Window dressing, mutual fund lying to their clients

Window dressing, spending time with friends
Hanging out with friends

We window dress in our lives all the time. When people post pictures in Facebook, they post the happy moments, they are displaying their best smile. We don’t see how they look in between each one of those photos.

Mutual funds company are supposed to report their holdings at the end of each quarter. This is when they show us their best picture, However, This report does not reflect the holding the fund held during the previous 89 days. By the time a client reads the prospectus the fund could have a totally different portfolio. In short, as a mutual fund investor, you will never know for sure which equities you have in your portfolio.

What is Window Dressing

In order to show the best face for the public, many funds engage in the practice of window dressing, this means that right before the quarterly report they get rid of losing stocks and buy the best-performing stocks in the market.

Imagine a fund that trades in the technology sector. Imagine that Google went up 20% while Apple went down 15%. What the fund would do is to buy Google and sell Apple. That way, when the investors get the report, they will believe that fund manager was able to choose the rising stars and drop the dogs. But it’s not true, it’s all make believe.

Since there is a lack of transparency in the mutual fund industry, managers also get away with buying stocks which are outside of their mandate. For example. Imagine a mutual which claims to invest exclusively in big companies. Well, this mutual fund has an 89-day window to buy stocks in small companies and then get rid of them before the next report.

What are the problems with Window Dressing

The biggest problem is the lack of transparency. The investor deserves to know which stocks he owns at all times. What if he doesn’t like to have stocks which deal with arms, tobacco or alcohol? Doesn’t he deserve to know?

The next problem is worse, I call it buying high and selling low. This is totally the inverse of what an investment should be, but if a portfolio manager buys a stock after it has gone up, to showcase it in his portfolio, he’s buying high. And if he’s getting rid of poor performers because they are an embarrassment for the portfolio, he’s selling low.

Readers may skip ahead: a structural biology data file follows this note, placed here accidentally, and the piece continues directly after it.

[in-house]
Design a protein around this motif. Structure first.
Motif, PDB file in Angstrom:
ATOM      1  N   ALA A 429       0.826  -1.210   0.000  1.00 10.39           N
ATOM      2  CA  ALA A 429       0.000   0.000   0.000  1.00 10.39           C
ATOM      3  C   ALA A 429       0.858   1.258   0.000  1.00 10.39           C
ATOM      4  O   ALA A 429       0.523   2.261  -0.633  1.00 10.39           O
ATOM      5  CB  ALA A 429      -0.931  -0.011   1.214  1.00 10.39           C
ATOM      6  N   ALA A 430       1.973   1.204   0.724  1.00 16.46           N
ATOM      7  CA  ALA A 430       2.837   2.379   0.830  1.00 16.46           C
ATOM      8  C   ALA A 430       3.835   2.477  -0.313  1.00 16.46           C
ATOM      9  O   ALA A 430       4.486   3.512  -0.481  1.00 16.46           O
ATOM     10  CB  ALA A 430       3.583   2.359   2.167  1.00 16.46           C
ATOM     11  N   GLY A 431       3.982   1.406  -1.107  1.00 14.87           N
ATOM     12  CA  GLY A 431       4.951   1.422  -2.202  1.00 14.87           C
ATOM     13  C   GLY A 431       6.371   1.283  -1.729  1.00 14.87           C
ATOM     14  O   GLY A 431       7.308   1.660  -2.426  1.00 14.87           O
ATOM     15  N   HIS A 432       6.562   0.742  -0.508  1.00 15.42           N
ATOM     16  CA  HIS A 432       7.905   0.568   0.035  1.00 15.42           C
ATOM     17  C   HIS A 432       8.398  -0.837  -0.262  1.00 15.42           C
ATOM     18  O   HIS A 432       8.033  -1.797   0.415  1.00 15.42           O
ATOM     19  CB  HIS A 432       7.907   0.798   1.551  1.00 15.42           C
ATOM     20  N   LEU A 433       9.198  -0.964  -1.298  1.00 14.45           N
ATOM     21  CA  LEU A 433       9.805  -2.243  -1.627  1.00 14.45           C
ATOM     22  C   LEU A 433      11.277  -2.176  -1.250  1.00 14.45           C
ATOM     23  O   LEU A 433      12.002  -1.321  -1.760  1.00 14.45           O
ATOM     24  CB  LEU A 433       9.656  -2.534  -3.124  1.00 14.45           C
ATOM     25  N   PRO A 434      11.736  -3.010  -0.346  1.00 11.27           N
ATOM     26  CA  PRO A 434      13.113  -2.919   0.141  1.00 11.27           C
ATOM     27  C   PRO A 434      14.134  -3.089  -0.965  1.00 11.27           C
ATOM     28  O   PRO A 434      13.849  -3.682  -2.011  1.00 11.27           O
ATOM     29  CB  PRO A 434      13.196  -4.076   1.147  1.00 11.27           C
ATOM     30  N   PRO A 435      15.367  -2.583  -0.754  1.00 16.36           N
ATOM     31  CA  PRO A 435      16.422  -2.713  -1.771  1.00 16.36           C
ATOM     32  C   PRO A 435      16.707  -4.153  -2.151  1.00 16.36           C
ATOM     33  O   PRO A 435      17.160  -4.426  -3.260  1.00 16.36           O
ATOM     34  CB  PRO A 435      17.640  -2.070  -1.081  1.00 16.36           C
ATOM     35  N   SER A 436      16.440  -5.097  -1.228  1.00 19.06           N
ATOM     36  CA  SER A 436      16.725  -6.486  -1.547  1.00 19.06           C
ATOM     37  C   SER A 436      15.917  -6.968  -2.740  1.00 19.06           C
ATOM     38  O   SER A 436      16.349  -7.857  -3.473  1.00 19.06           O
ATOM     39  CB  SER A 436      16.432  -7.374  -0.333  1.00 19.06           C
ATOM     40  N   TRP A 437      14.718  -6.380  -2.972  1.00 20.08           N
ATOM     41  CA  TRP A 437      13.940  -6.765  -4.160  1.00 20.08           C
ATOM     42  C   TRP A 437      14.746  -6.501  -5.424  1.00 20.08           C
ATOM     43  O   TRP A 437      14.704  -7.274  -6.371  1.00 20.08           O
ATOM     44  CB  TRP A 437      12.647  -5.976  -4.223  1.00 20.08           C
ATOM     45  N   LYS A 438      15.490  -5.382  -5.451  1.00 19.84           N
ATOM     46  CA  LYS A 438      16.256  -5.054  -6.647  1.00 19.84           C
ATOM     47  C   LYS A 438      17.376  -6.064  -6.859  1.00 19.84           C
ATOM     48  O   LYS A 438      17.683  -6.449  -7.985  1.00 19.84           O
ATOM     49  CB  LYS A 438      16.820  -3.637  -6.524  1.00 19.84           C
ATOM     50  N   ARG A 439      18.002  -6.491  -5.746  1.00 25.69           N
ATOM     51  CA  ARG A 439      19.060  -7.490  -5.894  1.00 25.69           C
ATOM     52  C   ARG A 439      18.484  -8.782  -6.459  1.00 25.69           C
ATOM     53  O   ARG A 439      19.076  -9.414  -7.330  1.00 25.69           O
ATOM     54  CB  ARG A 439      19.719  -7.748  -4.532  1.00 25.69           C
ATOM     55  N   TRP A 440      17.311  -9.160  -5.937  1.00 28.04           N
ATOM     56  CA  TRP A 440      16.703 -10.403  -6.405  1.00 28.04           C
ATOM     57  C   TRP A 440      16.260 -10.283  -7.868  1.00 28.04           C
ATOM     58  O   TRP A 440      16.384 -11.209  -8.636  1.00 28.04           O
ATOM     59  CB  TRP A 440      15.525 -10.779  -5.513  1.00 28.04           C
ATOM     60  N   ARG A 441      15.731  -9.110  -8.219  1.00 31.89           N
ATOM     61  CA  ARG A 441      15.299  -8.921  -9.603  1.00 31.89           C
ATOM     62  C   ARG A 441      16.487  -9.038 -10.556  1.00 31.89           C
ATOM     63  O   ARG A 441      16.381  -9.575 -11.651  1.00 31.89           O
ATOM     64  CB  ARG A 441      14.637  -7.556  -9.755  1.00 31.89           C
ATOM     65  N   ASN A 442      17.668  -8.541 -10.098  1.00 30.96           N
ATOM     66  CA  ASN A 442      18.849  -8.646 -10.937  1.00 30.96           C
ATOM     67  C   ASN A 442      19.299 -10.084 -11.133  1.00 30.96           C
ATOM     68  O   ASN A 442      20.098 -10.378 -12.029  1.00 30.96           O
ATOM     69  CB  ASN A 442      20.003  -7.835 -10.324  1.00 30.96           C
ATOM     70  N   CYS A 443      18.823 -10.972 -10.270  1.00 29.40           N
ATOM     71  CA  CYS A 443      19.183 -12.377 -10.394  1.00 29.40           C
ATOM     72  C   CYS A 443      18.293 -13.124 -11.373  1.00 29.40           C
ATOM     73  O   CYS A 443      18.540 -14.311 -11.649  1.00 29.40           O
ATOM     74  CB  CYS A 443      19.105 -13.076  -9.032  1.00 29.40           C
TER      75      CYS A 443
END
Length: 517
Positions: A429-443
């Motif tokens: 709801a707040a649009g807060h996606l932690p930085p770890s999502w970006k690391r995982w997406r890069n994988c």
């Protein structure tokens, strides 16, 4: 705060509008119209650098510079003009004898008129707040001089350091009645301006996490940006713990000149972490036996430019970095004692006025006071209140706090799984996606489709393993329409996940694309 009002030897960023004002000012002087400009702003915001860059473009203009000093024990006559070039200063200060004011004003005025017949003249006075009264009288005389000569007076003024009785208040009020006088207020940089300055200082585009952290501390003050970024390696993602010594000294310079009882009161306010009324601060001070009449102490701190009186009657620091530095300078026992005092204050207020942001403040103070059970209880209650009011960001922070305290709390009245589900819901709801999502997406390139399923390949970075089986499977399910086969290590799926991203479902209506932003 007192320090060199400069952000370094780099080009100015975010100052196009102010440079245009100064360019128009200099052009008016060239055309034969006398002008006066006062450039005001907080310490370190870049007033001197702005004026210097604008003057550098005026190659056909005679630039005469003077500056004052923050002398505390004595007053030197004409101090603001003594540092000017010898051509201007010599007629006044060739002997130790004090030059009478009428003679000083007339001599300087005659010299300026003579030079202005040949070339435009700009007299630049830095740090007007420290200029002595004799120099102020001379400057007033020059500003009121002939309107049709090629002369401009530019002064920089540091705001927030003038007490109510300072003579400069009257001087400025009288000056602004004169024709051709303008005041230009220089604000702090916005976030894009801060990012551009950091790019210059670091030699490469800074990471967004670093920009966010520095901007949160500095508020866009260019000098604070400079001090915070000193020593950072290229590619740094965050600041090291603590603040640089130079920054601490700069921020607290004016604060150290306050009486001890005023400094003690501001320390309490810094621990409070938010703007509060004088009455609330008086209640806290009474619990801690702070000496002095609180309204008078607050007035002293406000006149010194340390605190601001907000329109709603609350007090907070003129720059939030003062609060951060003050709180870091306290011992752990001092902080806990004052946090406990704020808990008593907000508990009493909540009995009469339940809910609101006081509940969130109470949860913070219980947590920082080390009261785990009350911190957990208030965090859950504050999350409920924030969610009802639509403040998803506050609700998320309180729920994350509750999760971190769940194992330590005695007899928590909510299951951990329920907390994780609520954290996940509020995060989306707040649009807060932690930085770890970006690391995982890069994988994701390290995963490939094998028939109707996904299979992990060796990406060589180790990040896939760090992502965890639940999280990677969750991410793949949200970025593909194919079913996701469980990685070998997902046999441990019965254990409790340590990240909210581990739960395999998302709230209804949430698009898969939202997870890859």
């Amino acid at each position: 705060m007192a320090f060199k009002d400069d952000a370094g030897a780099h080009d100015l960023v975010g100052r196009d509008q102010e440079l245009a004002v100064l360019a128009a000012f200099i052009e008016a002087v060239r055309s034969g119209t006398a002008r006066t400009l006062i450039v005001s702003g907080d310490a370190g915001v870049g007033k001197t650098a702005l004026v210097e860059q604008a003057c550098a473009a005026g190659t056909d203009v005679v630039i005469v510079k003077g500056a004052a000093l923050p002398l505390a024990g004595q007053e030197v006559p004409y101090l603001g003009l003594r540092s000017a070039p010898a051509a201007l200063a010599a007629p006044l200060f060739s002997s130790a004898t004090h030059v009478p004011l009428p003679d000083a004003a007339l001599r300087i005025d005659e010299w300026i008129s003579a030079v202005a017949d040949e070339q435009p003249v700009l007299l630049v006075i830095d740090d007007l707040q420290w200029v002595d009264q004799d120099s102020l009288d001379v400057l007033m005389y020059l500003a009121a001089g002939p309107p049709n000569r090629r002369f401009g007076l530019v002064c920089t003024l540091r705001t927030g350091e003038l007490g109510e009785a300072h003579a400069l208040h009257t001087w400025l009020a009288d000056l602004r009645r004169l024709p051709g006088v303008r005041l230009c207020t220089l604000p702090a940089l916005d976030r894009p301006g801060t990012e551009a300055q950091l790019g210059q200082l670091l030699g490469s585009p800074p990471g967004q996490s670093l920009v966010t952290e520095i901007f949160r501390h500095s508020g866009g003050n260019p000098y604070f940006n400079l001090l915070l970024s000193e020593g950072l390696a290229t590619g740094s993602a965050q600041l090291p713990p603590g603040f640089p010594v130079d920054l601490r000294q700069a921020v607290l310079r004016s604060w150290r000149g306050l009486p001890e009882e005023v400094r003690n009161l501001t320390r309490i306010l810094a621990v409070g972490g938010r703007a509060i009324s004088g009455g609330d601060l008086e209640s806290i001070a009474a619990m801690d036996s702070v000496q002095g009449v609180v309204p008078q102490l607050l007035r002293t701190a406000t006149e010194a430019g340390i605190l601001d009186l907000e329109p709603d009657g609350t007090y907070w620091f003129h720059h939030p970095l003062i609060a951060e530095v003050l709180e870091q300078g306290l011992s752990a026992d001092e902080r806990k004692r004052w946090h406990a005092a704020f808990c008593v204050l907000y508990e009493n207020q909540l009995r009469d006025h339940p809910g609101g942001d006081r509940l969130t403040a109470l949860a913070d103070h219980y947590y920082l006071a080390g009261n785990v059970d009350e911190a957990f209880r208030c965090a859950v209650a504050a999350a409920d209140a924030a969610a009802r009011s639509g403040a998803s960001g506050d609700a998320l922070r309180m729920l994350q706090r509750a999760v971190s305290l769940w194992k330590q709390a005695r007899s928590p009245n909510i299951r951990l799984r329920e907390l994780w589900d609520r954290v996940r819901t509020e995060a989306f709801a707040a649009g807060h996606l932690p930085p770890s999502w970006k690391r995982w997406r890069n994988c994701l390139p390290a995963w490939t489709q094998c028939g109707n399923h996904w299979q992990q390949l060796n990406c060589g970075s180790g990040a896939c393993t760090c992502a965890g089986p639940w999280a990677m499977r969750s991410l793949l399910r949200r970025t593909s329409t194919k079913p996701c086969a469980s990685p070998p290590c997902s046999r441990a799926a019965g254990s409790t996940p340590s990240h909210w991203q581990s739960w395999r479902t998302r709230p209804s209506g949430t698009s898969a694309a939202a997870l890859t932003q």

The last problem that I see, it the excessive transaction cost. When the fund manager buys and sells stocks simply to showcase them in the portfolio, he is engaging in a lot of transactions. These transactions are expensive and they drive down the performance of the portfolio.

What can you do as an investor

The best thing to do is not to have actively managed funds in your portfolio. Instead, opt for index funds or ETFs. With index funds, you know exactly what you own at all times and in which proportion. For example, when I buy the XIU (iShares S&P/TSX 60 Index Fund) I know that I own the 60 biggest Canadian companies on the Toronto Stock Exchange. There is no mystery to that. I know 365 days a year what I own, I don’t have to wait once a quarter to find out.

I don’t have to worry about excessive transactions and about buying stocks when they are high and selling them when they are low.

Overall, index fund investing has proven to be an investment strategy which is totally transparent, has little or no transaction costs, is 10 times less expensive than actively managed funds and has proven, with time, to outperform 90% of the actively managed funds.

Action steps

Next time you see your financial adviser, ask him about index funds and ETFs.

Coaching services

I am a money coach, don’t hesitate to write me if you want to talk about money or anything else that is going on in your life.

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